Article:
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PERSONS REPRESENTED.

Vincentio, duke of Vienna
Angelo, lord deputy in the duke's alsence.
Escalus, an ancient lord, joined with Angelo in the

deputation.
Claudio, a young gentleman.
Lucio, a fantastick.
Two other like gentlemen.
Varrius,* a gentleman, servant to the duke.
Provost.

Thomas,

} two friars.

Peter, s o I
A Justice.
Elbow, a simple constalle.
Froth, a foolish gentleman.
Clown, servant to Mrs. Over-done
Abhorson, an erecutioner.
Barnardine, a dissolute prisoner.

Isabella, sister to Claudio.
Mariana, betrothed to Angelo.
Juliet, beloved by Claudio.
Francisca, a nun.
Mistress Over-done, a lawd.

Lords, Gentlemen, Guards, Officers, and other

Altendants.

SCENE, Vienna.

18.

* Varrius might be omitted, for he is only once spoken to, and says nothing. JoiSON.

MEASURE FOR MEASURE.

ACT І. SCENE I. An Apartment in the Duke's Palace.

Enter DUKE, ESCALUS, Lords, and Attendants.
Duke. Escalus,
Escal. My lord.

Duke. Of government the properties to unfold,
Would seem in me to affect speech and discourse;
Since I am put to know, that your own science,
Exceeds, in that, the lists? of all advice
My strength can give you: Then no more remains
But that to your sufficiency, as your worth is able,
And let them work. The nature of our people,
Our city's institutions, and the terms
For common justice, you are as pregnant in,
As art and practice hath enriched any
That we remember: There is our commission,

Since I am put to know,] may mean, I am compelled to acknowledge. 2 — lists ] Bounds, limits.

Then no more remains
But that to your sufficiency, as your worth is able,

And let them work.] Something is wanting in this passage, which the commentators have not been able to supply. The meaning may be, your skill in government is, in ability to serve me, equal to the integrity of your heart, and let them co-operate in your future ministry.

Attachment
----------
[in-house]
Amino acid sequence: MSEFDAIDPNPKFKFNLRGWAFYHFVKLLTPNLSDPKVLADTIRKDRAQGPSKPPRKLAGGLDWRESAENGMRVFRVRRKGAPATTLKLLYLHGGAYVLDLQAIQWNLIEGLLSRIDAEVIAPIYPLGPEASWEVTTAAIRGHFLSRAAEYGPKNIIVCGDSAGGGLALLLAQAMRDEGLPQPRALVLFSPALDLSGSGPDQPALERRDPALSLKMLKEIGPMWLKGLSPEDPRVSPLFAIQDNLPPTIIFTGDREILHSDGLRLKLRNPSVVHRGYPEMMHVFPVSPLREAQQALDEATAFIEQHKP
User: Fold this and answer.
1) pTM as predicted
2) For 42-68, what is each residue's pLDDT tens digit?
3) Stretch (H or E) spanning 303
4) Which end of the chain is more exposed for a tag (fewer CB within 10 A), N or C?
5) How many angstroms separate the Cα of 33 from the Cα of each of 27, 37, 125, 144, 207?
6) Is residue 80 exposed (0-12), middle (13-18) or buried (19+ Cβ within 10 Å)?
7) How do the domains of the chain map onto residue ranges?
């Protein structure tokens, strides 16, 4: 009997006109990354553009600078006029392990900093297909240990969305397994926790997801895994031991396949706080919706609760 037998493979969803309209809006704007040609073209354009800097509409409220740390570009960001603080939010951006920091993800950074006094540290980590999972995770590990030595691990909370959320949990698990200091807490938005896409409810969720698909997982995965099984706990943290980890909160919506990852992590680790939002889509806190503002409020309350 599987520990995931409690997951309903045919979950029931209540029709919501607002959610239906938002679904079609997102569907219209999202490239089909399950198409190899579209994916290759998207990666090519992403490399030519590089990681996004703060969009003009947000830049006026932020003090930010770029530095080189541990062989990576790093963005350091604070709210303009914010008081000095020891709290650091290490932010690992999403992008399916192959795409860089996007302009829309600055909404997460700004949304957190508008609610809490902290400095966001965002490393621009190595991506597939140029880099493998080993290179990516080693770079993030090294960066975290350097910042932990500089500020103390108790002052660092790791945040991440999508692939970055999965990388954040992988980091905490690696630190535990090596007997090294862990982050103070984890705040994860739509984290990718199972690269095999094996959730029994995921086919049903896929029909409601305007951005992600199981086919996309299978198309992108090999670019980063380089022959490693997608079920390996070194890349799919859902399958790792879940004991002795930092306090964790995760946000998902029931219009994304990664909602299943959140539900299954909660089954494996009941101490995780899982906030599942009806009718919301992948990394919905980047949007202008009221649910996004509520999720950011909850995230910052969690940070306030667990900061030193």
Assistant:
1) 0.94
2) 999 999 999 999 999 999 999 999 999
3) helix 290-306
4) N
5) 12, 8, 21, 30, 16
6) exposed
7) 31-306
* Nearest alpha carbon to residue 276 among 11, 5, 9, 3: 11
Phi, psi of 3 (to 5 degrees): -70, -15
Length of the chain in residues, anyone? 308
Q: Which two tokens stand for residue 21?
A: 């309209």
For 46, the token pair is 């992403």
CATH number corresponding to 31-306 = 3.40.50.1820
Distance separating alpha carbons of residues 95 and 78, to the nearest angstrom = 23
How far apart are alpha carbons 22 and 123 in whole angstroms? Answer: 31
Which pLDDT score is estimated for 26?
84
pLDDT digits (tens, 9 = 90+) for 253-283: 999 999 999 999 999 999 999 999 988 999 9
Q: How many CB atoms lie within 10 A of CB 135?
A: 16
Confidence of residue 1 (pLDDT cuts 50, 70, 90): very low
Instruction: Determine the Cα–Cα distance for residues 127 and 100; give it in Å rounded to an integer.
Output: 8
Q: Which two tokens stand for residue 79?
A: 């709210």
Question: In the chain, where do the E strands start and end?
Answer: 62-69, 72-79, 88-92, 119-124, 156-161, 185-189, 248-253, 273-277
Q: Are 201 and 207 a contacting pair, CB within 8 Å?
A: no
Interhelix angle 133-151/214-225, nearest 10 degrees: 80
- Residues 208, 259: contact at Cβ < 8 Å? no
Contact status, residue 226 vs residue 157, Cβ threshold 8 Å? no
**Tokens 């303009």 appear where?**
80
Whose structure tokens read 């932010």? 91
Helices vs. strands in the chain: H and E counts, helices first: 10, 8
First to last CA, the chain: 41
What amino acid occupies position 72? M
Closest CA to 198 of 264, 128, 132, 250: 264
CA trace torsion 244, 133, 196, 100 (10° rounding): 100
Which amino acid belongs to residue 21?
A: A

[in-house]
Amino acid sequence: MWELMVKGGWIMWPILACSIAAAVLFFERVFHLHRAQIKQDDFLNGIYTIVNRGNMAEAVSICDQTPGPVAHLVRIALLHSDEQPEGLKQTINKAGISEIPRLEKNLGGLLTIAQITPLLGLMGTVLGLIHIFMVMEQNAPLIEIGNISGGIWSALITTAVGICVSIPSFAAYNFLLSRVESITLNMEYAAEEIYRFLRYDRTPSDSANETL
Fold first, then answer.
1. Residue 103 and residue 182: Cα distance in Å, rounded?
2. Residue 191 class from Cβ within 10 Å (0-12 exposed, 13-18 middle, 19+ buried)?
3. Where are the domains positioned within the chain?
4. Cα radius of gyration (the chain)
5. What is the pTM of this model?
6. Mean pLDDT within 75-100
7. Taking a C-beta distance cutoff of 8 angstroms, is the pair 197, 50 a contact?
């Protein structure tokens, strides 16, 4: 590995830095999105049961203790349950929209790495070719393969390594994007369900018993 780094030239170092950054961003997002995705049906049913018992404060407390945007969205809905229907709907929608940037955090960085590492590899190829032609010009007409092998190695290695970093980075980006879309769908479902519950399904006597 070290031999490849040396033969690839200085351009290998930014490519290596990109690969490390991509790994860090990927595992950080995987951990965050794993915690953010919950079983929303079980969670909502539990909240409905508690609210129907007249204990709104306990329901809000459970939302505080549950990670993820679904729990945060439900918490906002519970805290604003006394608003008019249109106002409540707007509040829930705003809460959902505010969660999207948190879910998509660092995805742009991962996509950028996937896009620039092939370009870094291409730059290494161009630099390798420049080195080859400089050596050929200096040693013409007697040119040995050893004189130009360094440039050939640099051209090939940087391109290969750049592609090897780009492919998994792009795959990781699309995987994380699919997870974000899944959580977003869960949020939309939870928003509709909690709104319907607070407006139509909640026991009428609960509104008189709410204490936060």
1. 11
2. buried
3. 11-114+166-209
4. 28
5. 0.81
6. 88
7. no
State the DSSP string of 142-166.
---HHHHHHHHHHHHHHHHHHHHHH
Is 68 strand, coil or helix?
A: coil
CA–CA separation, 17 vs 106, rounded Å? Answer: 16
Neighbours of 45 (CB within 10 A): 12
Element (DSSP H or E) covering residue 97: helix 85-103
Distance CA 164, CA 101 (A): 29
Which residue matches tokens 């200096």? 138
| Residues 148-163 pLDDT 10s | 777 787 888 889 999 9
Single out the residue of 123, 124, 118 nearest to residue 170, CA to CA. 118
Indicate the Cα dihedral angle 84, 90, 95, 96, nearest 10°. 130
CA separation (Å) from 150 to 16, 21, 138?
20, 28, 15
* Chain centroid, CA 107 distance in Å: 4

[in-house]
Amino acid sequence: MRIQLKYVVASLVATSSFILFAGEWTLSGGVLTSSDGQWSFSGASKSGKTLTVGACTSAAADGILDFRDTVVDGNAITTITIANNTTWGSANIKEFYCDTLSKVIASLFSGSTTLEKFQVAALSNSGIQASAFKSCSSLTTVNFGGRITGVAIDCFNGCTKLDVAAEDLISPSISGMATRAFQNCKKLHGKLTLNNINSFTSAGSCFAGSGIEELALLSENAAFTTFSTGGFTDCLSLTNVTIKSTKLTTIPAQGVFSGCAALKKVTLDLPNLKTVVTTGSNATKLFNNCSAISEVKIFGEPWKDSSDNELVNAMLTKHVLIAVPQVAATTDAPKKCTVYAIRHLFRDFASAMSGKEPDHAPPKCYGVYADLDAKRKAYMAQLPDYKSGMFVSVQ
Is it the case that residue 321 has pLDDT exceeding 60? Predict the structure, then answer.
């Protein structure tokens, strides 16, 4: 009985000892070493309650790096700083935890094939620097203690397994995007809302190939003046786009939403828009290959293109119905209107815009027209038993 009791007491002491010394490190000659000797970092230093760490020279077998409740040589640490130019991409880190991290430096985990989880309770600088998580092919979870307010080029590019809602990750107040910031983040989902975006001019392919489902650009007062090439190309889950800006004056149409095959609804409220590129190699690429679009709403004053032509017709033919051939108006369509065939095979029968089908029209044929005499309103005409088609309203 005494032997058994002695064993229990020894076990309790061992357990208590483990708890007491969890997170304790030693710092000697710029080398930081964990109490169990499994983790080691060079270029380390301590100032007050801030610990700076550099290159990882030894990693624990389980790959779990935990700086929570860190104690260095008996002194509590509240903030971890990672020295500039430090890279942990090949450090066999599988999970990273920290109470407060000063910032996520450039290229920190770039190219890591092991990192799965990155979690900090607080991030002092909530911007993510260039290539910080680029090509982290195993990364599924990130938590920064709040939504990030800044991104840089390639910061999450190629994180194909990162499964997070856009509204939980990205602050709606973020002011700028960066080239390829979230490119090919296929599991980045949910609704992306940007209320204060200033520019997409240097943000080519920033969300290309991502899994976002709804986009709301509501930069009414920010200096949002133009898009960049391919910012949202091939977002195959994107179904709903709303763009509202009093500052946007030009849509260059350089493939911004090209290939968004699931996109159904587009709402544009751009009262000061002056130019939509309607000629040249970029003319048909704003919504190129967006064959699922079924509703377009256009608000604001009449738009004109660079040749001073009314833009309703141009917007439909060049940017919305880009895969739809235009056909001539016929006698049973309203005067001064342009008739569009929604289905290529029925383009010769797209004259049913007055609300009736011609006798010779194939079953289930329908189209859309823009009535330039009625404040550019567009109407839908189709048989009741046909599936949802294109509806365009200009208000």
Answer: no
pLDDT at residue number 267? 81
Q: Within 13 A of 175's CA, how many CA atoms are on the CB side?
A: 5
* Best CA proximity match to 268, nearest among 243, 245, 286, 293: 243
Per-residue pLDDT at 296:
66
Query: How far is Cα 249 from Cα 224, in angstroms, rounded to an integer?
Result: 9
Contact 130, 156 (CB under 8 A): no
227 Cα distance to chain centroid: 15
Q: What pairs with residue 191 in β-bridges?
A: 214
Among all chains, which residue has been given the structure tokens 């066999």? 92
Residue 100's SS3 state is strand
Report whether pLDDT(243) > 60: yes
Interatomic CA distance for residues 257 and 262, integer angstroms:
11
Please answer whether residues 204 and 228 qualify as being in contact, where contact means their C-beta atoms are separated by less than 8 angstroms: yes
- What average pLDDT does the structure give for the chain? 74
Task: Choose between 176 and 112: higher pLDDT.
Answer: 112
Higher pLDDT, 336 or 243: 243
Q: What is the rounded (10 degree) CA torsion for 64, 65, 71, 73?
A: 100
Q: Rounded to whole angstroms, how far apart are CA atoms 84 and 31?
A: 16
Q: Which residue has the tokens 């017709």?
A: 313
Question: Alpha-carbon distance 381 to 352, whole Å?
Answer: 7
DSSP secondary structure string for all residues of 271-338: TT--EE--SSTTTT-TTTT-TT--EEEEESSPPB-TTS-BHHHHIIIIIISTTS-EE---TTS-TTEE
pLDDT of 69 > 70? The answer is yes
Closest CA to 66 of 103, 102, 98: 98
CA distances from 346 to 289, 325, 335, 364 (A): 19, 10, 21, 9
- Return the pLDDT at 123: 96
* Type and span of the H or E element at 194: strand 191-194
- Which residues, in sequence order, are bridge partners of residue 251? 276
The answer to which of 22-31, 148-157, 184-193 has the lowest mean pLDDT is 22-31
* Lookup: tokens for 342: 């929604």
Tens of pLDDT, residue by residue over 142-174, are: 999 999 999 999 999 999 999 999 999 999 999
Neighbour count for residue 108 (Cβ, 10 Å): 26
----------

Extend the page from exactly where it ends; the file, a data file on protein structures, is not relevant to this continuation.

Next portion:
VOL. II.

K

From which we would not have you warp.—Call

hither, I say, bid come before us Angelo.

[Exit an Attendant.
What figure of us think you he will bear?
For you must know, we have with special soul
Elected him* our absence to supply;
Lent him our terror, drest him with our love;
And given his deputation all the organs
Of our own power: What think you of it?

Escal. If any in Vienna be of worth
To undergo such ample grace and honour,
It is lord Angelo.

Enter Angelo.
Duke.

Look, where he comes.
Ang. Always obedient to your grace's will,
I come to know your pleasure.
Duke.

Angelo,
There is a kind of character in thy life,
That, to the observer, doth thy history
Fully unfold: Thyself and thy belongingss
Are not thine own so proper, as to waste
Thyself upon thy virtues, them on thee.
Heaven doth with us, as we with torches do;
Not light them for themselves: for if our virtues
Did not go forth of us, 'twere all alike
As if we had them not. Spirits are not finely

touch'd, But to fine issues:? nor nature never lends The smallest scruple of her excellence,

4 with special soul